Developer – Space Lizard Studio
Publisher – Space Lizard Studio
PEGI – 7
Developed by Liverpool-based indie outfit Space Lizard Studio, Dragon Bros is a run and gun side scroller drawing influence from many old-school NES classics such as Contra and Blaster Master, offering new generation gamers an insight into the tropes of the generation, whilst also offering older gamer’s with an appreciation for their routes a great sense of nostalgia; also catering to players of all skill levels with varying degrees of challenge. Though I had some issues with this title, I was pretty impressed with it, as it had a lot to offer that I could appreciate in terms of nostalgia value and the future of the indie scene.
Graphics – 9/10
Rendered in wonderfully detailed 8-BIT graphics, the game’s scenery and characters are overwhelmingly diverse without becoming too repetitive over the course of the game. There are four worlds each with its own themes, and new enemies introduced to keep things fresh on a conceptual level. The game’s soundtrack is also stellar. Composed by Gabriel Caruso, it blends 8-BIT music with rock and roll, complementing the feel of the game brilliantly; in particular, I was blown away by the game’s main theme, which is used in the first two boss fights.
Gameplay – 7.5/10
There are no unnecessary complications with the game’s control scheme, which was always going to be important in a game that can demand as much as it does of players in the higher difficulty settings. Some of the mechanics involved with controlling certain weapons also add to that challenge in an unprecedented way. The laser cannon is probably the best example of which, as it causes the enemy to gradually recoil over time, so they must, therefore, be careful to make sure not to fall off any platforms as a result of not paying attention.
Lifespan – 2/10
Where I had the biggest issue with this game is how criminally short the main story is; even taking into account the mini-games as well as the main levels. In total, the game can take there around 2 to 3 hours to complete to 100%. Whilst more intrepid players will get more than that out of it replaying it on the higher difficulty settings, many other players will most likely be left wanting more. But to me, even with bearing this in mind in addition, I was still left wanting more. That’s why I think a possible sequel would work well as a Metroidvania game, with elements like leveling up, or an even bigger arsenal of weapons to choose from.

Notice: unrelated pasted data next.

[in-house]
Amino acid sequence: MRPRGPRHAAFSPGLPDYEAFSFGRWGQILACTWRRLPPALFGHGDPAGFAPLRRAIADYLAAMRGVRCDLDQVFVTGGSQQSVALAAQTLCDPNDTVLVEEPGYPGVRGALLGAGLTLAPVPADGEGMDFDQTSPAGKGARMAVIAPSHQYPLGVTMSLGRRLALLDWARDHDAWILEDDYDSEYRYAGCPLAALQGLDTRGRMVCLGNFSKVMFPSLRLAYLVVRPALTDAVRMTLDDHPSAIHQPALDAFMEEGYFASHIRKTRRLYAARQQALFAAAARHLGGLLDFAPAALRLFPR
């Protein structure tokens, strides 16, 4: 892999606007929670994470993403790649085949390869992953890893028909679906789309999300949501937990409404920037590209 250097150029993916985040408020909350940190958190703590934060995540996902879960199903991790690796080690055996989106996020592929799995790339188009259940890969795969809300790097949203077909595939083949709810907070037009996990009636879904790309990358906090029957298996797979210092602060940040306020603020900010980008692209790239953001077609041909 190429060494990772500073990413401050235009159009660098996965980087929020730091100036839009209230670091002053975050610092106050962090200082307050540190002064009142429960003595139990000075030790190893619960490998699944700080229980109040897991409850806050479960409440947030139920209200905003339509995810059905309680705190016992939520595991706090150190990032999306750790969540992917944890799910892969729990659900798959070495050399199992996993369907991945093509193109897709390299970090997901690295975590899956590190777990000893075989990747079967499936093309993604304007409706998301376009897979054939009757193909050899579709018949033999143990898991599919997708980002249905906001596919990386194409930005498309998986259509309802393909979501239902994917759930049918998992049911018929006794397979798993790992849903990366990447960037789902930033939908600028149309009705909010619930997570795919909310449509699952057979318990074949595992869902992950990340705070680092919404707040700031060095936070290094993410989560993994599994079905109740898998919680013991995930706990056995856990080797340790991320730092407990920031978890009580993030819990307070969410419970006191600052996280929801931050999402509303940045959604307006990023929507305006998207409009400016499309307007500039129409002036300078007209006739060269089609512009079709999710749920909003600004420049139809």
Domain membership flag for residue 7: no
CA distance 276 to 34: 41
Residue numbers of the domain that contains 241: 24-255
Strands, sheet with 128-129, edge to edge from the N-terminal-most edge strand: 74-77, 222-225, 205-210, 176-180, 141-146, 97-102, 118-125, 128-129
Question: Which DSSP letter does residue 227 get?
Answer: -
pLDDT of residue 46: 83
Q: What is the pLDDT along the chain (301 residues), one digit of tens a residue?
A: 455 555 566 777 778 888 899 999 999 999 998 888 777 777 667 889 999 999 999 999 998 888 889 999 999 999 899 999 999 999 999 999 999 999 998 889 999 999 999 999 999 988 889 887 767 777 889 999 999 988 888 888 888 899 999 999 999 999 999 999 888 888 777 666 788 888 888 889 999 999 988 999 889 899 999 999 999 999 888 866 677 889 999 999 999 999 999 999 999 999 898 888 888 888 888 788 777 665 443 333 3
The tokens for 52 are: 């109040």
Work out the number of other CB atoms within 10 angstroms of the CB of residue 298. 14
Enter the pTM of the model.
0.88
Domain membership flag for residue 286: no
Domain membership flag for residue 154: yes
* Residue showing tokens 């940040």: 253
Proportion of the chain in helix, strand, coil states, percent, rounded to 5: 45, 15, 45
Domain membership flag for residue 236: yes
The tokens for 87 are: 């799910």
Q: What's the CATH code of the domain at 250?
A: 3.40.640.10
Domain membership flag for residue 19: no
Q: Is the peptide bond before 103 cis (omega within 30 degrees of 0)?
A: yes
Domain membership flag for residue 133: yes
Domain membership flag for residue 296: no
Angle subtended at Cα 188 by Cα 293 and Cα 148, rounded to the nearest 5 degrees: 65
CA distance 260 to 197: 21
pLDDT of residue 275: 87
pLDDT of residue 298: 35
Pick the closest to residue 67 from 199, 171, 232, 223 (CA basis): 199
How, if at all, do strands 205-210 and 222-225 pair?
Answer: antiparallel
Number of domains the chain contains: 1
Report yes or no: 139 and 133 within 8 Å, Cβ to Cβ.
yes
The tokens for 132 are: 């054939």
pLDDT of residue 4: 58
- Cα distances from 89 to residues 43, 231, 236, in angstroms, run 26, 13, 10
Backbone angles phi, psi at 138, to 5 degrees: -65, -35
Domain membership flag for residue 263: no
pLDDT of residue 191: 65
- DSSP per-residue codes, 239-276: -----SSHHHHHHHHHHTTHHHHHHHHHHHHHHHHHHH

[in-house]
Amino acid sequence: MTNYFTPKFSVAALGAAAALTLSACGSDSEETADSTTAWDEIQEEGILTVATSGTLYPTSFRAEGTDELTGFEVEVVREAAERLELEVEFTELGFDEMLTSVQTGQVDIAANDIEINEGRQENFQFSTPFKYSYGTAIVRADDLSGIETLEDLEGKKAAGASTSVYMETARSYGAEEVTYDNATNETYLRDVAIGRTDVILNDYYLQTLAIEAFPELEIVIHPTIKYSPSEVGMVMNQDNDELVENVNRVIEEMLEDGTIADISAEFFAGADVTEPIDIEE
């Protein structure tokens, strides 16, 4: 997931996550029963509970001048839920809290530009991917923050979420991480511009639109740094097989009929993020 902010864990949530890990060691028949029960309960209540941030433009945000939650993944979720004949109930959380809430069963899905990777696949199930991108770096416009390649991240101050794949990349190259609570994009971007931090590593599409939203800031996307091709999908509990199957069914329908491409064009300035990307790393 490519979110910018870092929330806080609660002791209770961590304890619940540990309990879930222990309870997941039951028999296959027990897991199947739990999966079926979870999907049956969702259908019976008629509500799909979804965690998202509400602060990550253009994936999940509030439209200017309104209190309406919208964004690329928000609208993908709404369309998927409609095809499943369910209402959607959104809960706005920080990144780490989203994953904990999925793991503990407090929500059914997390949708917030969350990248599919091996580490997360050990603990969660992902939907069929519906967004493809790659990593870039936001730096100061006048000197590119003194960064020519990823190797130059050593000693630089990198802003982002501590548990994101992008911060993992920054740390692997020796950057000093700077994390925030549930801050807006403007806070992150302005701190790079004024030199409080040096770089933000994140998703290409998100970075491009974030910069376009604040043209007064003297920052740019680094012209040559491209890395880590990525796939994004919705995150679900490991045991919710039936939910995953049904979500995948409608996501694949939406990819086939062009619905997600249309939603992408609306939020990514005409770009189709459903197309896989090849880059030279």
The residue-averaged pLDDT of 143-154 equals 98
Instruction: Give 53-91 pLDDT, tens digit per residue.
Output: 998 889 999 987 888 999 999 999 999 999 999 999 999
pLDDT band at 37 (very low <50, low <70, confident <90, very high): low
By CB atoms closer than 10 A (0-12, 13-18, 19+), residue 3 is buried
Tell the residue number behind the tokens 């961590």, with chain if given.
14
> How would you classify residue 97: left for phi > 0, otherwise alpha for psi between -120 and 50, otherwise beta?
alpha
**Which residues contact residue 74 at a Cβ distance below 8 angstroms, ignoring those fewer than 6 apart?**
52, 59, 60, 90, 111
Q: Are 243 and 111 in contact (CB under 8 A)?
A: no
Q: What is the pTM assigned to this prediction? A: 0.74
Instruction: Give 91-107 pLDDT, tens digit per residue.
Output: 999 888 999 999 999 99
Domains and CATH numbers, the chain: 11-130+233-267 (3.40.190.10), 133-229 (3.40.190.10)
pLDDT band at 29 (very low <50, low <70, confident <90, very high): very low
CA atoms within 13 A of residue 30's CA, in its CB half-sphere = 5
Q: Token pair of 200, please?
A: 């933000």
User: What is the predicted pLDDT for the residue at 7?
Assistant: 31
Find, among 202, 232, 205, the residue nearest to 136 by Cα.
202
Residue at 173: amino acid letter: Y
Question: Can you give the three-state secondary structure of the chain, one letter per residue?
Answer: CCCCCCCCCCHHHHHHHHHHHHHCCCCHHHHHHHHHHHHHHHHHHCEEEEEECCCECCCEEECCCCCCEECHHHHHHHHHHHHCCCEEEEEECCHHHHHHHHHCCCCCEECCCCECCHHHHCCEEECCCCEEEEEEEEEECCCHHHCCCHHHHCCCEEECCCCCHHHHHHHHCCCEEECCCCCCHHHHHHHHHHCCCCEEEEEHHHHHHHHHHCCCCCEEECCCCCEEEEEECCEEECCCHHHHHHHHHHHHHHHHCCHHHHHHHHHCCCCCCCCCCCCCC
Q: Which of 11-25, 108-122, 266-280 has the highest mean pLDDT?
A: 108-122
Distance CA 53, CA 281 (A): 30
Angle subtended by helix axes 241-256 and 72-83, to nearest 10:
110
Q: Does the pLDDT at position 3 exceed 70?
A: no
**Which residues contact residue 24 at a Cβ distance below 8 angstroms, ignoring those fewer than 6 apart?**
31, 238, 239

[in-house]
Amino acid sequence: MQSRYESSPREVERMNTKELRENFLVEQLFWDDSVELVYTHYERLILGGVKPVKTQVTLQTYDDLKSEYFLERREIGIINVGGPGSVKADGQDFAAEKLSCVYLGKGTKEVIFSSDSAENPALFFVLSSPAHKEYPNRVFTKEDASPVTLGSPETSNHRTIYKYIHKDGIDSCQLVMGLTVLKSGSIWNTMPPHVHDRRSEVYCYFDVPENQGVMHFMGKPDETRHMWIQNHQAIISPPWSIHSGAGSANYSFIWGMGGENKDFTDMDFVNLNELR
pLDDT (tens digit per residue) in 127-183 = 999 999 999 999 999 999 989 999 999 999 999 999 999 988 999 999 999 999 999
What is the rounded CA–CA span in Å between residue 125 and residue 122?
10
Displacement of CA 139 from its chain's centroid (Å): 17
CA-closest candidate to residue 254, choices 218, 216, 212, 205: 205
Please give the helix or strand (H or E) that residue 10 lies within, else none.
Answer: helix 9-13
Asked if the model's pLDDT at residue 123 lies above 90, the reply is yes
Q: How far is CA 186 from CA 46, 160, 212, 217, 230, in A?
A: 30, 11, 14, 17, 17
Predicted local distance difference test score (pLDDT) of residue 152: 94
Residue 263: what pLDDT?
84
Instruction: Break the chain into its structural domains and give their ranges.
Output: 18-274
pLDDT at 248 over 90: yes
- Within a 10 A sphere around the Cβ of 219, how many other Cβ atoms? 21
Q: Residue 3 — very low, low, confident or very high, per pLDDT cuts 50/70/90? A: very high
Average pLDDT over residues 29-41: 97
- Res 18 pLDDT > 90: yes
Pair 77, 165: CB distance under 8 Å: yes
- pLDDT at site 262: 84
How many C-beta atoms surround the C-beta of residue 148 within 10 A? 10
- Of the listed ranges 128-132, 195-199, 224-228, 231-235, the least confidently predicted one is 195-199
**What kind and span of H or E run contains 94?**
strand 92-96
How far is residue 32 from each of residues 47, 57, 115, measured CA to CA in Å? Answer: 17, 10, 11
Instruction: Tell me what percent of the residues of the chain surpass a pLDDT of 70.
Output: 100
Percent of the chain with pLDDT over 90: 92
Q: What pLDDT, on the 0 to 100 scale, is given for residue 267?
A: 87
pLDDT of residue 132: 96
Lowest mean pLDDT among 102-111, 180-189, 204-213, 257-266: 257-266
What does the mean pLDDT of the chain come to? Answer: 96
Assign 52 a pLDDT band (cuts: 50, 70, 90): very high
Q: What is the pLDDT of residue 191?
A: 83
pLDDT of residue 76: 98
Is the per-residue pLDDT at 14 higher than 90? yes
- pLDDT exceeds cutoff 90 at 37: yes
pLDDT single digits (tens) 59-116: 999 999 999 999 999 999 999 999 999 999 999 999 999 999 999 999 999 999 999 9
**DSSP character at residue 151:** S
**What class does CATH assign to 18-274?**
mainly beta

Storyline – 5/10
The game’s story is also only vaguely touched upon, being portrayed through two cutscenes; one at the start, and the other after finishing it. It follows four infant dragons looking to save their home planet from the invading Mechaliches, whilst also trying to rescue their mother from their leader. While it may be reminiscent of the old way of telling stories within games, like what was done with NES games telling the story mostly through the game’s manual (the same effect of which perhaps intended by the developers), very little of that is actually told within the game, so if players want the details of the plot, they need to read the game’s Steam page. But regardless, the story does retain a slight feel of uniqueness about it, so I can appreciate it for that to an extent.
Originality – 6/10
By far the most unique thing about Dragon Bros is its conceptual design; very few indie games have stunned me in this respect as much as this game has, and it shows the vast amount of effort the developers put into making it. It also works well for me in particular because I’ve loved dragons ever since I was a kid, but bias aside, the 8-BIT renderings are as fantastically detailed as the likes of Rogue Legacy or Titan Souls. The one gripe I have in terms of uniqueness is that it arguably follows the tropes of its influences too much and that I think even more could’ve been added to make the gameplay to make it stand out among others.
However, criticisms aside, Dragon Bros is quite an enjoyable game, and it comes recommended from me for any fans of old-school games out there, and players looking to experience these styles of play for the first time. It’s entertaining throughout for how long it lasts, and players looking for a challenge will certainly not be disappointed.